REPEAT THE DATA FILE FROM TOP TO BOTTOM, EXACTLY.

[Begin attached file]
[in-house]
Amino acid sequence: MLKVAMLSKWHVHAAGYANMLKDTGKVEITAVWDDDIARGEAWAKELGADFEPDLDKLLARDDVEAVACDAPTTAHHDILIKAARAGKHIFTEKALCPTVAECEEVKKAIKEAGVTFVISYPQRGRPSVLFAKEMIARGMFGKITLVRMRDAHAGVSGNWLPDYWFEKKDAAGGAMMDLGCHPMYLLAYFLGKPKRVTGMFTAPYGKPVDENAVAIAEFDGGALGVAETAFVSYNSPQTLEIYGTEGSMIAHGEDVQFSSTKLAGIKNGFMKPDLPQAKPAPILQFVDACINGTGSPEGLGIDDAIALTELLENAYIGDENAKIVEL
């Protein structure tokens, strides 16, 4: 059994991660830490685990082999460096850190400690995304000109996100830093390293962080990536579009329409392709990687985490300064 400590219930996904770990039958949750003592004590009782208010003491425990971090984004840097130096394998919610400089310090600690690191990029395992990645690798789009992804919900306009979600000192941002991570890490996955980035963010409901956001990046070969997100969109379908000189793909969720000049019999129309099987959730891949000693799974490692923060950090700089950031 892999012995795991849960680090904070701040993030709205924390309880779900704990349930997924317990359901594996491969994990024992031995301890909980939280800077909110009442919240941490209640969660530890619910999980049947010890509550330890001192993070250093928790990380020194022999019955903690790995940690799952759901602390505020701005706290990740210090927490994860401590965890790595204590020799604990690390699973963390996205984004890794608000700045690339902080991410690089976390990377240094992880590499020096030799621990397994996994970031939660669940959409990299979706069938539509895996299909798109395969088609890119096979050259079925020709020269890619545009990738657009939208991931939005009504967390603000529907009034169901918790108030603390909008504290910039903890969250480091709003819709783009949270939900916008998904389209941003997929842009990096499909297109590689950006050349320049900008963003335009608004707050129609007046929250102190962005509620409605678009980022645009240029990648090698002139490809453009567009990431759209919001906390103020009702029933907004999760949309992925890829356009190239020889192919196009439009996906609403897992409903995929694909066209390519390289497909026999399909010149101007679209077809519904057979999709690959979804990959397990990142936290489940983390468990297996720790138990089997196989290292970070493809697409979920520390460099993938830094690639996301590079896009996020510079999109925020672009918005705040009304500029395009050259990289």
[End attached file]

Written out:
[in-house]
Amino acid sequence: MLKVAMLSKWHVHAAGYANMLKDTGKVEITAVWDDDIARGEAWAKELGADFEPDLDKLLARDDVEAVACDAPTTAHHDILIKAARAGKHIFTEKALCPTVAECEEVKKAIKEAGVTFVISYPQRGRPSVLFAKEMIARGMFGKITLVRMRDAHAGVSGNWLPDYWFEKKDAAGGAMMDLGCHPMYLLAYFLGKPKRVTGMFTAPYGKPVDENAVAIAEFDGGALGVAETAFVSYNSPQTLEIYGTEGSMIAHGEDVQFSSTKLAGIKNGFMKPDLPQAKPAPILQFVDACINGTGSPEGLGIDDAIALTELLENAYIGDENAKIVEL
């Protein structure tokens, strides 16, 4: 059994991660830490685990082999460096850190400690995304000109996100830093390293962080990536579009329409392709990687985490300064 400590219930996904770990039958949750003592004590009782208010003491425990971090984004840097130096394998919610400089310090600690690191990029395992990645690798789009992804919900306009979600000192941002991570890490996955980035963010409901956001990046070969997100969109379908000189793909969720000049019999129309099987959730891949000693799974490692923060950090700089950031 892999012995795991849960680090904070701040993030709205924390309880779900704990349930997924317990359901594996491969994990024992031995301890909980939280800077909110009442919240941490209640969660530890619910999980049947010890509550330890001192993070250093928790990380020194022999019955903690790995940690799952759901602390505020701005706290990740210090927490994860401590965890790595204590020799604990690390699973963390996205984004890794608000700045690339902080991410690089976390990377240094992880590499020096030799621990397994996994970031939660669940959409990299979706069938539509895996299909798109395969088609890119096979050259079925020709020269890619545009990738657009939208991931939005009504967390603000529907009034169901918790108030603390909008504290910039903890969250480091709003819709783009949270939900916008998904389209941003997929842009990096499909297109590689950006050349320049900008963003335009608004707050129609007046929250102190962005509620409605678009980022645009240029990648090698002139490809453009567009990431759209919001906390103020009702029933907004999760949309992925890829356009190239020889192919196009439009996906609403897992409903995929694909066209390519390289497909026999399909010149101007679209077809519904057979999709690959979804990959397990990142936290489940983390468990297996720790138990089997196989290292970070493809697409979920520390460099993938830094690639996301590079896009996020510079999109925020672009918005705040009304500029395009050259990289």